Dude, Where's My Framework?

You start out your day with a nice cup of coffee, and think, "Ah, greenfield project day...smooth sailing".  You fire up Visual Studio and create a new C# project.  "First things first, I need library X." you say.  "Wait, what the?"   The full error:  Package 'MyPackage' was restored using '.NETFramework,Version=v4.6.1, .NETFramework,Version=v4.6.2, .NETFramework,Version=v4.7, .NETFramework,Version=v4.7.1, .NETFramework,Version=v4.7.2, .NETFramework,Version=v4.8, .NETFramework,Version=v4.8.1' instead of the project target framework 'net6.0'. This package may not be fully compatible with your project.   "Ok" you think, "That library is a bit older.  I'll go update the library project to .NET 6 to match my project.  But, where is .NET 6?     "Ok, what about my new project?  Just as a test, does the warning go away if I set it to an older .NET Framework?  Wait, where are the .NET Framework versions?"

Permanently Mapping a Windows Share on Linux

Every few years, I have to set up a fresh Linux box, and I typically want to connect them to some Windows file shares.  There are many resources on how to do this, but many describe approaches which are incomplete, insecure, or not permanent (across reboots).  Here is what has worked for me. Note: The approach I describe comes from  I repeat it here because it gets buried in the search results (and I add a few details they gloss over & tweak a few things).  It is worth reading that as well.   Run these commands in order from the console.   Note: The two "nano" commands open a file editor. I have included the necessary file contents below. After updating/creating each of the files, save & exit the editor, and continue with these commands. You should now be able to browse to the local folders you entered in fstab and view the shares.

Initialize With Care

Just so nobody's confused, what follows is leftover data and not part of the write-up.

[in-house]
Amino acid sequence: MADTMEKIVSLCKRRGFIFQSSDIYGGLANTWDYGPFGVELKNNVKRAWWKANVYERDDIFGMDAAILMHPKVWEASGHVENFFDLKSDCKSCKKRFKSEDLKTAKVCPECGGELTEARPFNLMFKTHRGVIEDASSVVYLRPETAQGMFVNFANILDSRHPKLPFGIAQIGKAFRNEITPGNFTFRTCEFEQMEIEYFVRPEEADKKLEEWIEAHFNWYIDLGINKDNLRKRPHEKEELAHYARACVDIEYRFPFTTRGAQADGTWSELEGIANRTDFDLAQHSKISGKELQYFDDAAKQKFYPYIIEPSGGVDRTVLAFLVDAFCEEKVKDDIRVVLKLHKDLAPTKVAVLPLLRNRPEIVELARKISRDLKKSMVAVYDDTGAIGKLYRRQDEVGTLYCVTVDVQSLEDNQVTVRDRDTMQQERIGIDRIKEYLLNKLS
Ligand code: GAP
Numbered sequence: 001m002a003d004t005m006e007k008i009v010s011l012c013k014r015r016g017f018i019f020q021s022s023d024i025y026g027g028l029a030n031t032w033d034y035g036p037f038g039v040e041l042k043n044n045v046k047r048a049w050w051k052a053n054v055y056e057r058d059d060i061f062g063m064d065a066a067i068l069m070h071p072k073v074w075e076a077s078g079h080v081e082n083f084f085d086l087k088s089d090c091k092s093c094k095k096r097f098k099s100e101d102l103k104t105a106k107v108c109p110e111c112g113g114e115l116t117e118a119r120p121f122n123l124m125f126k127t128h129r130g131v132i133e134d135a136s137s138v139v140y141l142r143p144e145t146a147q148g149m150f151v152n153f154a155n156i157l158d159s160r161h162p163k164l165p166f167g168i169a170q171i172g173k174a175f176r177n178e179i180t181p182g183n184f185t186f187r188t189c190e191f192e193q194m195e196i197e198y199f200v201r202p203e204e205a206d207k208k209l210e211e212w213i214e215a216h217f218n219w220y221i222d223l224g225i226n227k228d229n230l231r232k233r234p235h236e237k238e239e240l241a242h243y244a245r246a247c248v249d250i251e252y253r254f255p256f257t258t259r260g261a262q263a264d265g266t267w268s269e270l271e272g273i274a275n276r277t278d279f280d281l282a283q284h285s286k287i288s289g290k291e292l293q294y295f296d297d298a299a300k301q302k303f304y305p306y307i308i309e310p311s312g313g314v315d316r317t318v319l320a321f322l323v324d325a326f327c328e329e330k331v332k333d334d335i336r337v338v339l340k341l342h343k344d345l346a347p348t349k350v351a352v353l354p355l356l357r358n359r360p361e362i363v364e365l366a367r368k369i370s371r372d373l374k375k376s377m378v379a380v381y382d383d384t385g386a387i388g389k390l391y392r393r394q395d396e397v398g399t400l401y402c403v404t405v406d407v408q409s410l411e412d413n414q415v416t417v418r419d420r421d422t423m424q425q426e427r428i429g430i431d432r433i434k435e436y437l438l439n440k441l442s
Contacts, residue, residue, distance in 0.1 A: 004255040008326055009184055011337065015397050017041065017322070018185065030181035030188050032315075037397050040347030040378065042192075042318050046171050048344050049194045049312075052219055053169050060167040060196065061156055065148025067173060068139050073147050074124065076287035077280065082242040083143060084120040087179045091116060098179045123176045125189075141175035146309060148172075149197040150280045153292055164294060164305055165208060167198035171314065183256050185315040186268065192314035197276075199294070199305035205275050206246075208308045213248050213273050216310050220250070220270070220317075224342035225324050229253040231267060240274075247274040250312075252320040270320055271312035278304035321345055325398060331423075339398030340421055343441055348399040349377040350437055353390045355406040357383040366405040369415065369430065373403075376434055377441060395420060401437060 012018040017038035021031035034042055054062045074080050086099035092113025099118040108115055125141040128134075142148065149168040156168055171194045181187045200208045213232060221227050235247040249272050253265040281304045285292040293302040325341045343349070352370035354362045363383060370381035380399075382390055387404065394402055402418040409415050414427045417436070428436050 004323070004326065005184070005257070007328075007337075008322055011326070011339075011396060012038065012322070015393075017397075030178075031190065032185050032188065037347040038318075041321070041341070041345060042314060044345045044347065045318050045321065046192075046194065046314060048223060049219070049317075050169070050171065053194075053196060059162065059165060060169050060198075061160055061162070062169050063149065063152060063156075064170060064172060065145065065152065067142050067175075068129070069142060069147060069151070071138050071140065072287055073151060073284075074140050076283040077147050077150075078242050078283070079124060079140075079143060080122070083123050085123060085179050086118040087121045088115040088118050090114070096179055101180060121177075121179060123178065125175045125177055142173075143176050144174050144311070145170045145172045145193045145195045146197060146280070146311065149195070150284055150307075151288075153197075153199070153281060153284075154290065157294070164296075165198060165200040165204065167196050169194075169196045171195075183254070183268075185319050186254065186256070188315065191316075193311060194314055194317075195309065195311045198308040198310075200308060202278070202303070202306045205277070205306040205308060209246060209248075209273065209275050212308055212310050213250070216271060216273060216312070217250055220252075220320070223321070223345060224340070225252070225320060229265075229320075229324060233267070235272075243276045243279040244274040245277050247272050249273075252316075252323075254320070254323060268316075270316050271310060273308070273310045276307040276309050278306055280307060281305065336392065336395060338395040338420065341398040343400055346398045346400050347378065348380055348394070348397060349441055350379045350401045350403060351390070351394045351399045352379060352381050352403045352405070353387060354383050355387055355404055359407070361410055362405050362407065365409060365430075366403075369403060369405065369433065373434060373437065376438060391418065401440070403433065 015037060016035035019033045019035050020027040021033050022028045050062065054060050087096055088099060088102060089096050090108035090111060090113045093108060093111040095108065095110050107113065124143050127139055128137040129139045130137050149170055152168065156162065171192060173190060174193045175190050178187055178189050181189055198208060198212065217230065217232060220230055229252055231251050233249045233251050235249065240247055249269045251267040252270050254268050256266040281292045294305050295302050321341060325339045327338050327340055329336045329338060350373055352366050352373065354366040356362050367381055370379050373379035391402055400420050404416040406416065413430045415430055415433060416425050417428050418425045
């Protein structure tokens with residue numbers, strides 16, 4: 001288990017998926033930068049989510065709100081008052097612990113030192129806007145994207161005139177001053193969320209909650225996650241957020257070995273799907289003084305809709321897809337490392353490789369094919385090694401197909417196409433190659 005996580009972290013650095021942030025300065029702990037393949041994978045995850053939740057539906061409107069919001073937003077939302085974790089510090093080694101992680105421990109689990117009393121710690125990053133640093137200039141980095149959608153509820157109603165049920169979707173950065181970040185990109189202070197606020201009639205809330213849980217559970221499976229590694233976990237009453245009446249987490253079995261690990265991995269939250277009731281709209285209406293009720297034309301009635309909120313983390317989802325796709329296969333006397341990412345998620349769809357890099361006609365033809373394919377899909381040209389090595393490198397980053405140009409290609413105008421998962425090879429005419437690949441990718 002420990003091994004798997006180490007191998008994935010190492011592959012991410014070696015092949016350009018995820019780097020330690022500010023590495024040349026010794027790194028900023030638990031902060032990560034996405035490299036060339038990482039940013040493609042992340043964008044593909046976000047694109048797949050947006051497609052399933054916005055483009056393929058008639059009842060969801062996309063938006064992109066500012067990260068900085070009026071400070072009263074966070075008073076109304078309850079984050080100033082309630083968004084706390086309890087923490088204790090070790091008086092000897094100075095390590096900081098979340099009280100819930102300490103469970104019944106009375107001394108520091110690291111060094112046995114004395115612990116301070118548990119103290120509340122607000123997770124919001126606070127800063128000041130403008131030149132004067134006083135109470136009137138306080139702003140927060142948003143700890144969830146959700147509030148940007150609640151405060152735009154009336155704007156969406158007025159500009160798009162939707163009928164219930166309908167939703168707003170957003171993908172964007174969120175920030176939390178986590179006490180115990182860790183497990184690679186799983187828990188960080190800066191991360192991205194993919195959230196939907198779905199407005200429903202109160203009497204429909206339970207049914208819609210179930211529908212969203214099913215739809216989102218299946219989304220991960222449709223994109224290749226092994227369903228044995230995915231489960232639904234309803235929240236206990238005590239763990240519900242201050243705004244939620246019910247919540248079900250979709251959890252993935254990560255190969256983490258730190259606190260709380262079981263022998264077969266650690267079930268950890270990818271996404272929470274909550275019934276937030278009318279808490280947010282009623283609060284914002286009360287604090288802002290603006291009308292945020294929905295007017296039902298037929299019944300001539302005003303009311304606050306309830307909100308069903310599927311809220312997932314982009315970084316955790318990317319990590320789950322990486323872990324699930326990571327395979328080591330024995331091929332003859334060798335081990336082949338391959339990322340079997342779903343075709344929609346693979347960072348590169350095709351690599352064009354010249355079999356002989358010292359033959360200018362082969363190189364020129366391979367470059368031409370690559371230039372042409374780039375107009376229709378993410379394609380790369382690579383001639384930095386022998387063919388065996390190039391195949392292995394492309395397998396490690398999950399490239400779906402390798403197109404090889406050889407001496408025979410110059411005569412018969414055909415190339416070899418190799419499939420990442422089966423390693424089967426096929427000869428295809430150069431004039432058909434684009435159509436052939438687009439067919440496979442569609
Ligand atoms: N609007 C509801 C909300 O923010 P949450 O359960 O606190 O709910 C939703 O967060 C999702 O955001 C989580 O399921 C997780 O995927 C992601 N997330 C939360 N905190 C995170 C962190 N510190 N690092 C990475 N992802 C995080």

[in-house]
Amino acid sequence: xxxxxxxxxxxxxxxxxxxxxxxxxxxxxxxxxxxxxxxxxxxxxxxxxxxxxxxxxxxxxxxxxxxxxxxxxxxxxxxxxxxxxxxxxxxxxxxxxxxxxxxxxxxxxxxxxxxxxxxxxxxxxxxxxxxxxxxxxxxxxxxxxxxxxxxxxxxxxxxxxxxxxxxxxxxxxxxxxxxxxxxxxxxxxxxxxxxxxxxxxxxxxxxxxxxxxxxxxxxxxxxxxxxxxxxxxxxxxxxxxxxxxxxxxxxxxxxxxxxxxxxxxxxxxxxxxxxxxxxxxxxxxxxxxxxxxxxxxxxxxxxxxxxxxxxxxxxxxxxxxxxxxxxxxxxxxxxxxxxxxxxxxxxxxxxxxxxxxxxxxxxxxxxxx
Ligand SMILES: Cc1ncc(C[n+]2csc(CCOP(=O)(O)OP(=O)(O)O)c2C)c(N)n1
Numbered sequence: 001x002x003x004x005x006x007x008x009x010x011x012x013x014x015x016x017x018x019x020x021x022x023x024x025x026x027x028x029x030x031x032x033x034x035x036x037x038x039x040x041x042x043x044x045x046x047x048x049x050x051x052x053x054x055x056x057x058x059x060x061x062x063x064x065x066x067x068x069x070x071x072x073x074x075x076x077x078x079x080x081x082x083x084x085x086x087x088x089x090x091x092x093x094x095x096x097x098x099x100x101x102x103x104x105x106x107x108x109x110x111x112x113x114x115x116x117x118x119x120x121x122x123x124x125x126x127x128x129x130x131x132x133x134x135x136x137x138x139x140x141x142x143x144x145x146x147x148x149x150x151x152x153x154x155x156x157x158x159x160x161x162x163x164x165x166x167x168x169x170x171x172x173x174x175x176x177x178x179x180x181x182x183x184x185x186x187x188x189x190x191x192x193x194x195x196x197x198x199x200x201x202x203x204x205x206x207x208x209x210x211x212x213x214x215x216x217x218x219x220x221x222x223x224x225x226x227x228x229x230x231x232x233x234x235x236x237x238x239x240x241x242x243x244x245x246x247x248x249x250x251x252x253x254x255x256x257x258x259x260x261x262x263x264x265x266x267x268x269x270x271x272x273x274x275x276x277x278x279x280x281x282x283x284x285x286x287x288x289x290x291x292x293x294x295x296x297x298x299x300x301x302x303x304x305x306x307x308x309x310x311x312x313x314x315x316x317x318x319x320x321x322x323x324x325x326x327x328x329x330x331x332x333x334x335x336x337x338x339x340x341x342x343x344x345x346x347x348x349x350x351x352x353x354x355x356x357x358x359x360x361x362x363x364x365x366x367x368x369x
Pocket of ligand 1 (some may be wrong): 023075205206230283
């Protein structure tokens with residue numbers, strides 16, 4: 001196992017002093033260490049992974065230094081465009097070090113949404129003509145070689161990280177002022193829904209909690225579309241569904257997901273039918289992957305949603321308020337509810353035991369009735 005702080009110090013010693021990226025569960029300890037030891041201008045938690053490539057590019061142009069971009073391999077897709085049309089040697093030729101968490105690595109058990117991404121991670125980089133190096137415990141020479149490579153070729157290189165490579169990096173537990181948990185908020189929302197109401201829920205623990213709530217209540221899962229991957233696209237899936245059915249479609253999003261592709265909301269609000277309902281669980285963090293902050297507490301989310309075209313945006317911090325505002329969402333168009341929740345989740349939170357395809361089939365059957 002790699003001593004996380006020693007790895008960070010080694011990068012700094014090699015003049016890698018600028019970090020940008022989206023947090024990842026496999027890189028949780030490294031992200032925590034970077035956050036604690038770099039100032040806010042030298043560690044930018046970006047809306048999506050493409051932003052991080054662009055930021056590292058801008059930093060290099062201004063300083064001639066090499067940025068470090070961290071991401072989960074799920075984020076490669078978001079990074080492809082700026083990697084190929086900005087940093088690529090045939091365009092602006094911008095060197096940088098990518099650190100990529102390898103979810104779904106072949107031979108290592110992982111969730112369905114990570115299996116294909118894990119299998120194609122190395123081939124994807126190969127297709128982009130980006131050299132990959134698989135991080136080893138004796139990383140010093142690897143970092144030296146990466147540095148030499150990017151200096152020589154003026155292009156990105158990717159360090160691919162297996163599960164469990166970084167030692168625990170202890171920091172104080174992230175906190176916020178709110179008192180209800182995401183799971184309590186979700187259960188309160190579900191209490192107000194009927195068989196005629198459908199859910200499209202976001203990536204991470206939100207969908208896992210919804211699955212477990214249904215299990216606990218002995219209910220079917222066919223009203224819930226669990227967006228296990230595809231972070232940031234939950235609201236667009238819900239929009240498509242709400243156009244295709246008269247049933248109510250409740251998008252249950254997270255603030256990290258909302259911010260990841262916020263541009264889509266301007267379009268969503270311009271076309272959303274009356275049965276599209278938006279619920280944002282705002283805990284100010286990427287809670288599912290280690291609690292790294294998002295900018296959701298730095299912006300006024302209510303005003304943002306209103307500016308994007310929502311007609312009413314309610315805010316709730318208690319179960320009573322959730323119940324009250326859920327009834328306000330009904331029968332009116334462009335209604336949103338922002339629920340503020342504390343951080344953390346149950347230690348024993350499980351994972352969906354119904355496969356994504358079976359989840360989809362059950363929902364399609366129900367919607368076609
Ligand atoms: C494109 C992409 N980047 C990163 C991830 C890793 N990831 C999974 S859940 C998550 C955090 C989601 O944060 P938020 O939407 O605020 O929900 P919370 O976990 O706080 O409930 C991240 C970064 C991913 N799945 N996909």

Pointers are funny things.  They are one of the make or break concepts for beginners, and even years later, they can cause grief to experienced developers.  I am no exception.  Here is one such story: I was faced with a class which I wanted to refactor.  It can be simplified as follows: In the interest of breaking up the responsibilities, I added a couple of interfaces. The idea is that I can pass around smart pointers to these interfaces and begin to decouple portions of the code.  For example, I can inject them into classes that need them: However, I made a mistake.  I blame it on years of using boost::intrustive_ptr instead of std::shared_ptr, but enough excuses.  Let's see if you can spot it. Do you see it?  If so, give yourself 5 points.  If not, maybe after seeing the output: 'second' going out of scope... Destructor 'first' going out of scope... 'root' going out of scope... All done... Both shared pointers ( first & second ) are created from the

Making a Windows Dark Mode Toggle Button

There are many posts around the interwebs showing how to toggle Windows dark mode based on time of day.  I had a slightly different need.  I often work outdoors, so going back to light mode on demand is handy.  After a bit of digging, I came up with the following:   Save that script in a file with a .ps1 extension, and it becomes an executable Powershell file which will turn dark mode on/off when run.   Personally, I wanted a button on my start menu to trigger the script, so the rest of this post is just a description of how to trigger an executable from a start menu icon. First, create a shortcut by right clicking file and selecting "create shortcut".  You can choose a nice icon to go with it if you like.  The command should be something like this: powershell.exe -ExecutionPolicy Bypass -File "ToggleDarkMode.ps1" Note: Read up on powershell execution policy to determine the appropriate setting for your situation. Then, save the shortcut in C:\ProgramData\Microsof